Cavendish looks in top form ahead of the Tour in France next month
British sprint king Mark Cavendish stormed to victory in the third stage of the Tour of Switzerland on Monday.
The Columbia team rider, 24, ended the 195.4km ride ahead of Spaniard Oscar Freire of Rabobank and Norway's Thor Hushovd after a small bunch sprint.
Swiss star Fabian Cancellara, who rides for Saxo-Bank, maintained the overall lead ahead of the fourth stage, a 195km ride from Biasca to Staefa.
Columbia's second successive victory follows Bernhard Eisel's win on Sunday.
Isle of Man-based Cavendish, widely acknowledged as the world's fastest sprinter, withdrew from last month's Giro d'Italia after winning three stages to aid his preparation for next month's Tour de France.
"It was another good victory for us and yet again my team-mates gave me a perfect lead out," Cavendish said.
"I had four guys leading me out in the final three kilometres and everything went right. Thor got the jump on me in the final 300 metres but I was able to beat him pretty well.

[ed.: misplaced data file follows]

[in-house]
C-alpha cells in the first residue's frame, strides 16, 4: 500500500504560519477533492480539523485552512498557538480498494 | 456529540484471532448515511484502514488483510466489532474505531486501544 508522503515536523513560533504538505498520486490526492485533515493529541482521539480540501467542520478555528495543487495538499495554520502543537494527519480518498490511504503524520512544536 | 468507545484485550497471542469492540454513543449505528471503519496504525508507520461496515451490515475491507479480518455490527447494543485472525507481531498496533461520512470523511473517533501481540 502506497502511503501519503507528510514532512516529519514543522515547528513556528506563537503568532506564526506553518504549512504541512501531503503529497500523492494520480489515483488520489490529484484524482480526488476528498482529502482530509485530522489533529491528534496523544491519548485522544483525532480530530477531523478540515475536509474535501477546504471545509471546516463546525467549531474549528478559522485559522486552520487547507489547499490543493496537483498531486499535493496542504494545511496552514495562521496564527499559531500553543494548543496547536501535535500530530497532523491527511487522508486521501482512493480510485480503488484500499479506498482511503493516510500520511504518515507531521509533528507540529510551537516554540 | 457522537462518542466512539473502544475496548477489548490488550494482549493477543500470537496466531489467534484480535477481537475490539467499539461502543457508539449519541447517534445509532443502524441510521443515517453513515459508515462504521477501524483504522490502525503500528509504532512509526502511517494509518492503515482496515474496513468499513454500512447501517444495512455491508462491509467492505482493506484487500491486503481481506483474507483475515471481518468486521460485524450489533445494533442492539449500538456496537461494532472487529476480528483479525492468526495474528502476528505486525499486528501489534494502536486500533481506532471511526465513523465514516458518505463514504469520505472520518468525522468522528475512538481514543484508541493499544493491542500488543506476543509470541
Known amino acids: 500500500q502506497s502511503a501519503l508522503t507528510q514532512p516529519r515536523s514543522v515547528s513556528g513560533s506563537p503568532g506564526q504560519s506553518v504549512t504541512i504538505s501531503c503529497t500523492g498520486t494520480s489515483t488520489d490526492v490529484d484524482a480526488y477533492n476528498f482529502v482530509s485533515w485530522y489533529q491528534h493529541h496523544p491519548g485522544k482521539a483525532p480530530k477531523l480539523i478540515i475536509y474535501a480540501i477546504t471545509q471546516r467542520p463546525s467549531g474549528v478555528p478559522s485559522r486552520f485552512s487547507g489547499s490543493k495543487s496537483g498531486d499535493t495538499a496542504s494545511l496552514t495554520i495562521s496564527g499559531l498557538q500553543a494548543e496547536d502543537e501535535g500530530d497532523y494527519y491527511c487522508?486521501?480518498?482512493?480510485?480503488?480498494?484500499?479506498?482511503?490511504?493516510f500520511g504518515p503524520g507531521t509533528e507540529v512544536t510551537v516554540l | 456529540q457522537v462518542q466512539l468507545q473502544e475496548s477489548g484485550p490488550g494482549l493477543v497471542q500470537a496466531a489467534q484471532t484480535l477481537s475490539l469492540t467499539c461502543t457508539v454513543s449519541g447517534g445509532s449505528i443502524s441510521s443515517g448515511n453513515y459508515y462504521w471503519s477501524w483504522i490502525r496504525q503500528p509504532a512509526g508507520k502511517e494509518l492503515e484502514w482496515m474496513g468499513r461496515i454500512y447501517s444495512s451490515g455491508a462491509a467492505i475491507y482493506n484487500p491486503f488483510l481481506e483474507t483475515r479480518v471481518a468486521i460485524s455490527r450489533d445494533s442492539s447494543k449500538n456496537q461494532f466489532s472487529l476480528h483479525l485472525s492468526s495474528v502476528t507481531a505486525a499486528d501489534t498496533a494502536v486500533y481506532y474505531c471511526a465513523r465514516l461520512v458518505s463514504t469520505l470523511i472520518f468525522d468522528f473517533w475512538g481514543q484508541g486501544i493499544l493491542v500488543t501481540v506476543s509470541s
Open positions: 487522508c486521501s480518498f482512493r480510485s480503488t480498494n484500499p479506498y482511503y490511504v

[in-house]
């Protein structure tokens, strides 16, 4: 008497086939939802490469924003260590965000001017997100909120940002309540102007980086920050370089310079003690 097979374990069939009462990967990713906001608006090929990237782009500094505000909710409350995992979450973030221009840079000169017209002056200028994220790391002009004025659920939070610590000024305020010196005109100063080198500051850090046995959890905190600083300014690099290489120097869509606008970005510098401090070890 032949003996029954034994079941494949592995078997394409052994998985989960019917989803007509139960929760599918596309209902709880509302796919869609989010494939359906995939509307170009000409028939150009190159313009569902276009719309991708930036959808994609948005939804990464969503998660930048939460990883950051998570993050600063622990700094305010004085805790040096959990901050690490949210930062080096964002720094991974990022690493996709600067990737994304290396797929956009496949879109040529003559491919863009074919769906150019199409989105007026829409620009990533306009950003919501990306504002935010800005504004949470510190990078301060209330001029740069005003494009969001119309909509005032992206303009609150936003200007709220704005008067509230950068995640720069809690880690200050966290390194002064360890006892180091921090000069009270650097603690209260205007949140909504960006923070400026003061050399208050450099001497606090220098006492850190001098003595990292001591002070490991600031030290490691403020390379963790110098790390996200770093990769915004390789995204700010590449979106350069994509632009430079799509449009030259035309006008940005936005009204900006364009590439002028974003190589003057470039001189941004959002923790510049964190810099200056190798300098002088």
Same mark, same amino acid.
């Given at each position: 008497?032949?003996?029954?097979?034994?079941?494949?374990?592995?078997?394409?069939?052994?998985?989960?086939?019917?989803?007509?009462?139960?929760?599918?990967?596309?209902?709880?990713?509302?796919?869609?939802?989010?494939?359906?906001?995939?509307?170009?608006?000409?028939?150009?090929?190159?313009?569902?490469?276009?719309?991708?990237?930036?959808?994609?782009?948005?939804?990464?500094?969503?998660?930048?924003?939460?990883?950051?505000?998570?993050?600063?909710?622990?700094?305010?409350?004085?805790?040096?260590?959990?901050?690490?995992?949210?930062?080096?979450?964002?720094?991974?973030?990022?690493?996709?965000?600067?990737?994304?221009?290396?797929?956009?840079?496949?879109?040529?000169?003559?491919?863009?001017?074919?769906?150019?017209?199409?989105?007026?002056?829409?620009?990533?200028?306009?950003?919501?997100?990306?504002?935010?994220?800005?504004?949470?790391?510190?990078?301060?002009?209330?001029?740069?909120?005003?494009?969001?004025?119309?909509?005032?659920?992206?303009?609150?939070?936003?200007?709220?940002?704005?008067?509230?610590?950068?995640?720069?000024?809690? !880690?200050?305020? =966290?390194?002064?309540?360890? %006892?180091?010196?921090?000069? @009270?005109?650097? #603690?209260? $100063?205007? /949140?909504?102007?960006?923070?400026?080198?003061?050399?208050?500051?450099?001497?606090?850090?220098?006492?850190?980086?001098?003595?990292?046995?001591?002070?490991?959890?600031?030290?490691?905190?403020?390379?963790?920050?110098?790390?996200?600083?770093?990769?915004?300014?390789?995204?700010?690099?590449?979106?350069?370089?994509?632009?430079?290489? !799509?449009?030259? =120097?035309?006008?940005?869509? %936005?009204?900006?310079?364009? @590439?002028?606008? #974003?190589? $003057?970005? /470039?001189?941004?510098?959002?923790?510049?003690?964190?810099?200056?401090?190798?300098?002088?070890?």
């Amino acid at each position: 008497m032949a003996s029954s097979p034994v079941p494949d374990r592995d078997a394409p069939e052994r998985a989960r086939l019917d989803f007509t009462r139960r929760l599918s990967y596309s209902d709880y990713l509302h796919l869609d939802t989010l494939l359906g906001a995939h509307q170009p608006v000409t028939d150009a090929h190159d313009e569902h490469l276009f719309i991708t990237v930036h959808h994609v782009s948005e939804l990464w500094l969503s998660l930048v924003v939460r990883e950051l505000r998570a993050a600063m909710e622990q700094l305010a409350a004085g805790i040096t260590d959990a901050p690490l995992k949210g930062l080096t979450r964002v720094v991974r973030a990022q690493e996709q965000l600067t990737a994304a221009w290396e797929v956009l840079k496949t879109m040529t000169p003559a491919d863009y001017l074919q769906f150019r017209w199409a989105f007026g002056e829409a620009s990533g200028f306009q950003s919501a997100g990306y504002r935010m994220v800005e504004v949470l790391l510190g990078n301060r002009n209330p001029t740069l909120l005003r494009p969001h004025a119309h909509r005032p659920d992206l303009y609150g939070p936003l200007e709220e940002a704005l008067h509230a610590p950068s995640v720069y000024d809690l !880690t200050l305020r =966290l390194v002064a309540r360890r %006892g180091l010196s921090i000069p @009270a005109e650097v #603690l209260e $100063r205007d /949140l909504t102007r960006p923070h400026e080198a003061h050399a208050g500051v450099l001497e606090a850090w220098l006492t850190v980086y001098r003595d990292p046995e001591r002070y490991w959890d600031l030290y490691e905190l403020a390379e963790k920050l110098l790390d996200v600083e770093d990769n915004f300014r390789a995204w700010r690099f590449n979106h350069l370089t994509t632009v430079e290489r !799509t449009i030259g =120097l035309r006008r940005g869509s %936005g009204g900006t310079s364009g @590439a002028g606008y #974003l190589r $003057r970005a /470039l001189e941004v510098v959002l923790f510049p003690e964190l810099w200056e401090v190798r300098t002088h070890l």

"It's the second consecutive win for the team so it's a great race for us. This is the first time I've ridden the Tour of Switzerland but I like it."
A group of four surged in front of the main bunch by three minutes following the 21km climb to the 1940m high Lukmanierpass but still had 70km to complete the stage.
Enrico Gasparotto of Lampre, part of the leading quartet, threatened Cancellara's overall lead, which encouraged Switzerland's Saxo Bank rider to increase the pace and join ranks with the sprinters' teams in the ensuing chase.
The frontrunners worked hard to keep hold of their lead, but with 4km remaining, the peloton soon caught up.
Cancellara impressed in 10th spot with the 28-year-old from Berne maintaining his 22-second lead on the Czech Republic's defending champion Roman Kreuziger of the Liquigas team.
Germany's Andreas Kloden of Astana sits in third place, 25 seconds further back, while another overall victory contender, Kim Kirchen of Luxembourg, is sixth, 34 seconds adrift.
The nine-day Tour of Switzerland ends in Berne on Sunday before the French classic gets under way on on 4 July.
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